By Bruce Mabley, Director of the Mackenzie Papineau Group
It was only a question of time. Ever since the Turkish military operation known as Euphrates Shield in late 2016 and early 2017, it was clear to anyone capable of reading a map that a second operation would be required if Turkey was serious about eradicating the presence of Syrian Kurds along the border.
Turkey warned Coalition politicians repeatedly, making multiple demarches including several visits to the Canadian Foreign Ministry. Everyone knew what was coming and that the Turks could not tolerate another Kurdish threat on their borders. They already have the Kurdistan Workers’ Party (PKK) on their southern border. As late as last week at the U.S.-Canada organized summit on North Korea in Vancouver, the Turkish Foreign Minister Mevlut Cavusoglu sought out U.S. Secretary of State Rex Tillerson to warn him of the impending military action.
The new Turkish ground and air operation has a deceptive name ‘Operation Olive Branch‘ but has the same objective as its predecessor – root out the Kurdish YPG from its three cantons located along the Turkish border in northwest Syria. Afrin is especially hard hit.
Euphrates Shield managed to create a land obstacle to linking the Kurdish cantons of Afrin, Kobani and Jazira. Olive Branch seeks to prevent the Kurds from establishing a small state linking all three areas under their control. Olive Branch is being conducted with the support of elements of the Syrian rebel opposition and includes prior Russian knowledge and possible logistical support.
How did we arrive at this result?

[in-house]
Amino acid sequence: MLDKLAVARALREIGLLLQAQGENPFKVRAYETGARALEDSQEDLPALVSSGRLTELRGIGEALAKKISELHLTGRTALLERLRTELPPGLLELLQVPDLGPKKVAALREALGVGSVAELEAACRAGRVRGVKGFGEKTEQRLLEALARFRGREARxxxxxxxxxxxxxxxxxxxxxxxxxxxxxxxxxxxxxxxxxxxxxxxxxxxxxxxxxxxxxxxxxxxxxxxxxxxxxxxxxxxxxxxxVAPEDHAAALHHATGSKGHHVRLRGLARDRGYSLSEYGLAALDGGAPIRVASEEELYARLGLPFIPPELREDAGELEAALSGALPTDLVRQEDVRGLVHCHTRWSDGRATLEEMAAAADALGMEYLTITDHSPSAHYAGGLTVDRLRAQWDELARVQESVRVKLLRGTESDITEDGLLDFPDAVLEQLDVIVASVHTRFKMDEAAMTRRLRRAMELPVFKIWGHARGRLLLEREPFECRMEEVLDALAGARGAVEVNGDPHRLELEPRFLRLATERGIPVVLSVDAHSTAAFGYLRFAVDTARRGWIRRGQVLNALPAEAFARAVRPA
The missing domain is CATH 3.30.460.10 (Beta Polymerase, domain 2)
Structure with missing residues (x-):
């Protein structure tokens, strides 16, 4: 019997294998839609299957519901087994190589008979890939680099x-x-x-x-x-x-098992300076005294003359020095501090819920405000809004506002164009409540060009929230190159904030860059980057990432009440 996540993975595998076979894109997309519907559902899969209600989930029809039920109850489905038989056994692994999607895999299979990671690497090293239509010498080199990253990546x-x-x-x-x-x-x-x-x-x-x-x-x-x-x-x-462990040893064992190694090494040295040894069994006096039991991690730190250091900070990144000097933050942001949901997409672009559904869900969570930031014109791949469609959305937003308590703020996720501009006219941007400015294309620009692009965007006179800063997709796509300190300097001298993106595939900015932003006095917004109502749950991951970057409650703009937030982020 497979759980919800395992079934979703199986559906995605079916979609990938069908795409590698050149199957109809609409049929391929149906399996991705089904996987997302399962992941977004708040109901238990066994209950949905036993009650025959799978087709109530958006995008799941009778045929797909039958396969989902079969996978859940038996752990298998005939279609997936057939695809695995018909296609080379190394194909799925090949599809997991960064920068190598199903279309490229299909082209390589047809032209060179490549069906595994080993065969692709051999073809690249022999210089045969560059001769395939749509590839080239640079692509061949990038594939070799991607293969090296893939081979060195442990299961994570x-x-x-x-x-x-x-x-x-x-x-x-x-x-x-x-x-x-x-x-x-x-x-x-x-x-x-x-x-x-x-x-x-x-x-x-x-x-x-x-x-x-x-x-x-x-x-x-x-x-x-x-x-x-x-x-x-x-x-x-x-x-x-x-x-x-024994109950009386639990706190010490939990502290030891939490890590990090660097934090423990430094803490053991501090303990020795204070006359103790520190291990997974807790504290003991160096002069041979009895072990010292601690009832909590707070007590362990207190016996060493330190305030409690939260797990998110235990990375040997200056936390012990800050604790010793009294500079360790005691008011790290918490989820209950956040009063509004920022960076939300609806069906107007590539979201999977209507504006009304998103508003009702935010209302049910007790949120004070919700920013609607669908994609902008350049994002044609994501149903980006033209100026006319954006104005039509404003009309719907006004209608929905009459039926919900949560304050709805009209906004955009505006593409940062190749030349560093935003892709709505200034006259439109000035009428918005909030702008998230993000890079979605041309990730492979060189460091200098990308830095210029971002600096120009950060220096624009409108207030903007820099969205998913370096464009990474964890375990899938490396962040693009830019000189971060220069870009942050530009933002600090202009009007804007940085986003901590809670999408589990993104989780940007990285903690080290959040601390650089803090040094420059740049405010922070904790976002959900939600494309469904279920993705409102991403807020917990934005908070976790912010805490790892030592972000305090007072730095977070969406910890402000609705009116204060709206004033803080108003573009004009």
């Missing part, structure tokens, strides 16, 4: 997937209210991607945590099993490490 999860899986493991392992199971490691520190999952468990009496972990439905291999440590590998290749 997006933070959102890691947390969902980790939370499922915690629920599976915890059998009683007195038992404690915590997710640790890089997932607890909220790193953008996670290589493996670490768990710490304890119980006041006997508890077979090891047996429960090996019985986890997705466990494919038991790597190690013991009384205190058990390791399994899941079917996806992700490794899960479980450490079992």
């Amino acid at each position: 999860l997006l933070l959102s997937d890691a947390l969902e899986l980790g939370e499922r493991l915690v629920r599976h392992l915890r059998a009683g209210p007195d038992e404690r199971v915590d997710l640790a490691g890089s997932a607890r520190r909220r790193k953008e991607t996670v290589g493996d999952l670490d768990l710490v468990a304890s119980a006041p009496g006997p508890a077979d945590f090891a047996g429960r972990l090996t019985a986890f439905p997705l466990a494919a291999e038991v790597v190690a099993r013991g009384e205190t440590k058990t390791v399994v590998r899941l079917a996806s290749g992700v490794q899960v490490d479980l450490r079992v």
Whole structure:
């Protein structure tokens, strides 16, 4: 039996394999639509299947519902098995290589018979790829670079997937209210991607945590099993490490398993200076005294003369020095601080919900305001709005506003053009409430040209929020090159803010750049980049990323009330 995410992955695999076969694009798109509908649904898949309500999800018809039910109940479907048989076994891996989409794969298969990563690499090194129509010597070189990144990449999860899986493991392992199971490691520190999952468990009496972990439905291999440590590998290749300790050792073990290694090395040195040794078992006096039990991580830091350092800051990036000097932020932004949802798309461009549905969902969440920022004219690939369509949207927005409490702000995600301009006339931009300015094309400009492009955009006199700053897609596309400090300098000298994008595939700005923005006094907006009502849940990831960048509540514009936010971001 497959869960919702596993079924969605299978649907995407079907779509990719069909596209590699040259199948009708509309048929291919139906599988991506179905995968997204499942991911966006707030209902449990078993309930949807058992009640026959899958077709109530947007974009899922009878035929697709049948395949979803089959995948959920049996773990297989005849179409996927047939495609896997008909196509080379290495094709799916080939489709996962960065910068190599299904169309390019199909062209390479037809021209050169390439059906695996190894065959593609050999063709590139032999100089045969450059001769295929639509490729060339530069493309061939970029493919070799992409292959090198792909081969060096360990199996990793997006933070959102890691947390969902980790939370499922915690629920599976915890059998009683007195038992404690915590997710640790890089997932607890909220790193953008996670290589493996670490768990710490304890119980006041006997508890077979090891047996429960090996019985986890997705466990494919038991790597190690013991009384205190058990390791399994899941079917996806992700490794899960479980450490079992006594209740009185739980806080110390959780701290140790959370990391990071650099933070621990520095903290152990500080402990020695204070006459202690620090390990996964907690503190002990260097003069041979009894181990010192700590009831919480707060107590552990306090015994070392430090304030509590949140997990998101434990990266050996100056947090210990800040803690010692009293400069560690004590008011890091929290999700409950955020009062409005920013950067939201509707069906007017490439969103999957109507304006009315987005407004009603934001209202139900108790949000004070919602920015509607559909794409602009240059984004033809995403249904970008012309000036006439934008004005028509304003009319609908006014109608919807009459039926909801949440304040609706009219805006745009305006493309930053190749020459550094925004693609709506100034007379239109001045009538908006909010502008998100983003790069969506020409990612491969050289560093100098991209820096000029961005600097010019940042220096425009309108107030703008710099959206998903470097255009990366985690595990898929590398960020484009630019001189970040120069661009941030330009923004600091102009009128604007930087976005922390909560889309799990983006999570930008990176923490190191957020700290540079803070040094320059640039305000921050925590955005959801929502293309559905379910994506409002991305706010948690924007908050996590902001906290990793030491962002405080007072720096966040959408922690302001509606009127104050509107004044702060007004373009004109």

It began with arming the Iraqi and Syrian Kurds by the United States and its allies ostensibly to put an end to Islamic State in the region. Emboldened by Western military assistance and victories over Islamic State (ISIL) in Iraq and Syria, the Kurds held the September 2017 non-binding referendum on Kurdistan’s independence.
For the Kurds, it was a historic sign of solidarity, yet it is not improving their cause and should never have happened. Both are signs of the continuing bankruptcy of U.S. and Coalition diplomacy in the Middle East and their inability to exercise influence through diplomatic means. The translation is a loss of regional power.
Of course, destroying ISIL and ensuring its eradication continues to be the Coalition priority and that of almost every regional power. The Kurdish army or Peshmerga was available and willing to take on ISIL in Iraq and Syria. With U.S., European Union and Canadian advisors on the ground, it wasn’t long until the Kurdish fighters began achieving results where the Iraqi army had failed miserably. Everyone remembers the pathetic images of the uncoordinated retreat of the Iraqi army from Mosul in summer of 2014 leaving hundreds of Coalition armored vehicles and other arms in the hands of ISIL fighters. The Western coalition would need to rearm the Iraqi army.
So, the Coalition was now arming both the Iraqi government forces and the Kurds in northern Iraq at the same time. No one expressed serious concerns that these two forces would one day be fighting against each other once ISIL’s case had been more or less put to rest. As if Western diplomats were unaware that Bagdad and the northern Kurds were already fighting over the ownership and management of the oil fields including control of the city of Kirkuk, the new Eastern Jerusalem for the native Kurds, Arabs, Turkmen and Assyrians, all of whom have competing and legitimate historical and cultural claims.
So, Coalition and Peshmerga forces retook the Iraqi city of Mosul in July 2017. In Syria, Raqqa is no longer in ISIL hands. The military game plan was working perfectly. Too bad the political and diplomatic strategy did not follow. In order to protect its sovereignty, the Iraqi state headed by Prime Minister Haider al-Abadi took things into their own hands in the Iraqi city of Kirkuk and retook it as Peshmerga forces melted away much to the chagrin of their chief Masoud Barzani in Erbil.